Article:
Visiting Martel, Rocamadour and Gouffre de Padirac.
22.05.2014 - 22.05.2014 63 °F
So we took the rainy day and rested up so that we could be ready when the sunshine returned. Today we are going to visit three completely different sites and hopefully have a day of fun and an evening of discussion.
We will be starting our adventure in the village of Martel. Martel is another of the most beautiful villages in France and is known for its seven towers. We found free parking and then strolled through the village. The village is very picturesque with each shop or square prettier then the last. It is definitely a stroll and picture village. While there are shops, there really isn't much to distinguish it from many other villages. That's not a bad thing, just an observation.
After some photos, we head back to the car to go on to our second destination.
Just a few kilometers farther and we come to Rocamadour. Rocamadour is a town built tightly against the side of a cliff, with some buildings actually built right into the cliff. We arrived at the top of the hill near the sanctuary. It is made up of very simple chapels, built into the cliff walls and have a very spiritual feeling about them. A group of visitors could be heard singing hymns to the Virgin Mary as we were walking out.
Rocamadour was a pilgrimage site for many Christians. People would travel there and then climb the stairs up to the chapel on their knees. Since we started at the top, we just walked down.
Going down it was interesting to see the shops and stores in town. It definitely has a touristy appeal, but is still well worth a visit. We selected a place to have lunch that had a terrace overlooking the valley. Very pretty place to eat and the food was very good too.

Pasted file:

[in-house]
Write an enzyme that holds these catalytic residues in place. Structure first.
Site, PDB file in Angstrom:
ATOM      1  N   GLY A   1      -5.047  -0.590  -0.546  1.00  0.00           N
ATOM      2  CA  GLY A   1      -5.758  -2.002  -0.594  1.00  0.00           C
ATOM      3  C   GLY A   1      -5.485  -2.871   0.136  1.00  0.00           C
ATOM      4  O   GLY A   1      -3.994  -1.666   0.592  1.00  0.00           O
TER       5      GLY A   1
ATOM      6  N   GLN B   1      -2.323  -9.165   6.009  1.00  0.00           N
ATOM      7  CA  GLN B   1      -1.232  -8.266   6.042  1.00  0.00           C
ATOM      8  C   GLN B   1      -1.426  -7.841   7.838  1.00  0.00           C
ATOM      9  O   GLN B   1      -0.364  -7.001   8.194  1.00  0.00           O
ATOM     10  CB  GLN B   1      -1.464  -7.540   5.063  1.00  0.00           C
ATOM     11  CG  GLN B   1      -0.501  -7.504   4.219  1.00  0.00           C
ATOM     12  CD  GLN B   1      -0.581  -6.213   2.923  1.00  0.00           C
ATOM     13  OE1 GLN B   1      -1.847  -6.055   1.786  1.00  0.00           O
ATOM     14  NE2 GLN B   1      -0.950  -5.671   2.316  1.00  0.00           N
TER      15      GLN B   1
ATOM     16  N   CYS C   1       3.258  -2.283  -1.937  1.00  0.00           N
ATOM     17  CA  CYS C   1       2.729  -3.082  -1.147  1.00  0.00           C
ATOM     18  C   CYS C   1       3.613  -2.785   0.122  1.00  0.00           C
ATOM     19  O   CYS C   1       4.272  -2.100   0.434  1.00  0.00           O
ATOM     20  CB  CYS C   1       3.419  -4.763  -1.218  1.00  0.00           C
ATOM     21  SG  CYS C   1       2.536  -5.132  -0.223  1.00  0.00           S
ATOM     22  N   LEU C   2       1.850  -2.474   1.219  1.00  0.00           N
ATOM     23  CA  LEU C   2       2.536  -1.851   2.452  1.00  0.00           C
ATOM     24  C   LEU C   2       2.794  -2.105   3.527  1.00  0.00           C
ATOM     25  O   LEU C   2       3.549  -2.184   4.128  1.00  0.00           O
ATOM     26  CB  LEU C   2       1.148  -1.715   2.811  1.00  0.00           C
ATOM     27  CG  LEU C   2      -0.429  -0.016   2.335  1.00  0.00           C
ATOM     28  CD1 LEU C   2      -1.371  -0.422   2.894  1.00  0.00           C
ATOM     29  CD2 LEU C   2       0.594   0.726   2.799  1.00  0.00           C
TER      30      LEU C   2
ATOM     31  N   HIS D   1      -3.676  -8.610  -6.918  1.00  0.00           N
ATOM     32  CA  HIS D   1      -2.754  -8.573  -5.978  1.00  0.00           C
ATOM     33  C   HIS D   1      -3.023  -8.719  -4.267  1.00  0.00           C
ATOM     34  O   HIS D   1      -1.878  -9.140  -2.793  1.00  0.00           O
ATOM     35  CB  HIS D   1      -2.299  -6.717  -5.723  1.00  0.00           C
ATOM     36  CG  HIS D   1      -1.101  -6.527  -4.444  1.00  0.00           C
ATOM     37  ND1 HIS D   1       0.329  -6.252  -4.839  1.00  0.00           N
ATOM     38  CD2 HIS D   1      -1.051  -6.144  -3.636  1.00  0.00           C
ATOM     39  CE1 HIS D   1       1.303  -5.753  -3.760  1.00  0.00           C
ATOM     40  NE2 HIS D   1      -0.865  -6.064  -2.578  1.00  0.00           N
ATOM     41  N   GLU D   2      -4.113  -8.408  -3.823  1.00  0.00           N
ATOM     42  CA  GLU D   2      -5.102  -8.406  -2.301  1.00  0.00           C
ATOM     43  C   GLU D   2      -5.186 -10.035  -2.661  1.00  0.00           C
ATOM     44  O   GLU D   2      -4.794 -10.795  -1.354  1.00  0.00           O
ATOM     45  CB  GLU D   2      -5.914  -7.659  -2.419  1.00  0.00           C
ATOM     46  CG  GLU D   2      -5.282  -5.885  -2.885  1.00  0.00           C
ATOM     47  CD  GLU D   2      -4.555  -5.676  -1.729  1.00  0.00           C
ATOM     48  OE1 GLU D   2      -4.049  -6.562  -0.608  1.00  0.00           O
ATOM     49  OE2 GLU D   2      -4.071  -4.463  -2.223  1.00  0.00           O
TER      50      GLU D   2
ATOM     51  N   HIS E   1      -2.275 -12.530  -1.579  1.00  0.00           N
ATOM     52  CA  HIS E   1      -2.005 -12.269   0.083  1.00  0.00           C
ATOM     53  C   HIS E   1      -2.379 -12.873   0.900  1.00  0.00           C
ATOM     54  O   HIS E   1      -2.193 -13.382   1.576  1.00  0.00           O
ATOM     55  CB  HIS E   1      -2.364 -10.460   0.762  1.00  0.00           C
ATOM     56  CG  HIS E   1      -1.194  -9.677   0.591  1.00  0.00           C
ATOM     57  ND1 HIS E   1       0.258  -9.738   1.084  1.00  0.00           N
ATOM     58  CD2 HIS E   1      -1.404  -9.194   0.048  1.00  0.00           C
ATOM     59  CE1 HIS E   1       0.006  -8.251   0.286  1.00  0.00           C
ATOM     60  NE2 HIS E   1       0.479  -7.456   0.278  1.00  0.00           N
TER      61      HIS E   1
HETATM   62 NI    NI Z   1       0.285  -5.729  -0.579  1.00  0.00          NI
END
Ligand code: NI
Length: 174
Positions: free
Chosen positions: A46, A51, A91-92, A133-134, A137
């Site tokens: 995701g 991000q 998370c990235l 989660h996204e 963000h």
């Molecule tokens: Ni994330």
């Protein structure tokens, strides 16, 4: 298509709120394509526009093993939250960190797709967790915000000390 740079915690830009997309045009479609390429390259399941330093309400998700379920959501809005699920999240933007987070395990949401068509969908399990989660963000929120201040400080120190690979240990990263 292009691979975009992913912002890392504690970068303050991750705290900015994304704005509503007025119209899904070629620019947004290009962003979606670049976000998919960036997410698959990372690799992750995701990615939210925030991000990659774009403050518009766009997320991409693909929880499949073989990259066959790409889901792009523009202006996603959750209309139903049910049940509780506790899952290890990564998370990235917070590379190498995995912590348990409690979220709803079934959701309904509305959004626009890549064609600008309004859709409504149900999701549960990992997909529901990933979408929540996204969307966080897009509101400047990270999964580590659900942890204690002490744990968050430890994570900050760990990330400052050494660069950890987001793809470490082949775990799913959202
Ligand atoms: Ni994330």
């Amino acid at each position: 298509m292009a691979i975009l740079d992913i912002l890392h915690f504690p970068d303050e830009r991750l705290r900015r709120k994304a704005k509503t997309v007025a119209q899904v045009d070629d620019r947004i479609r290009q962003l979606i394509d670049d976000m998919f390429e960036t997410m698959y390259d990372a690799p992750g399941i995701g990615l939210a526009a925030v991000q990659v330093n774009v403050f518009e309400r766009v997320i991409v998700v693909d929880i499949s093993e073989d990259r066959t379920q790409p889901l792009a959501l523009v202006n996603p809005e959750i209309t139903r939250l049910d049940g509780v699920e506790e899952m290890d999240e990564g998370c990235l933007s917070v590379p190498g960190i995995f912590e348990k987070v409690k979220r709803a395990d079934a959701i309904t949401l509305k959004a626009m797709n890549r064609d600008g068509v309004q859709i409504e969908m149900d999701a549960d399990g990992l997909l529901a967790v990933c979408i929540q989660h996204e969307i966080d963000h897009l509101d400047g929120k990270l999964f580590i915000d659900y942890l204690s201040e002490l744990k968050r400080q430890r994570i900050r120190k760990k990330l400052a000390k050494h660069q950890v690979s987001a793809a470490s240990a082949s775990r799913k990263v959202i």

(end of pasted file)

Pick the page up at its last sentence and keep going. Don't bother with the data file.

After lunch we took the elevator and funicular back to the top and headed to our final destination for the day - Gouffre de Padirac.
Gouffre de Padirac is a huge cave or chasm that then leads to an underground cave and river. This area of France is famous for its many caves and caverns, many of which have been found to contain prehistoric cave paintings. For today, we'll just be seeing the wonders of a naturally carved cave below the earth's surface.
You start by taking an elevator down 100 meters to the entrance. You then walk down some stairs and follow a path around to a docking area. From here you take a boat ride along the underground river. The river is fed by rain water, not fed by a stream or spring. Since it had rained heavily the day before the water was dripping down from the ceiling above. Once you reach the end of the river, you disembark and then walk through paths to see stalactites and stalagmites, plus a couple large lakes and natural dams. It's quite a site and really breathtakingly beautiful. Unfortunately, they don't allow photos underground, but we did buy a book with pictures. When the tour is complete, you get back in the boat and are taken back to the entrance. It truly was awesome.
With that, we headed back to the house to relax. Tomorrow we'll be heading over to see the Lascaux caves and prehistoric museum.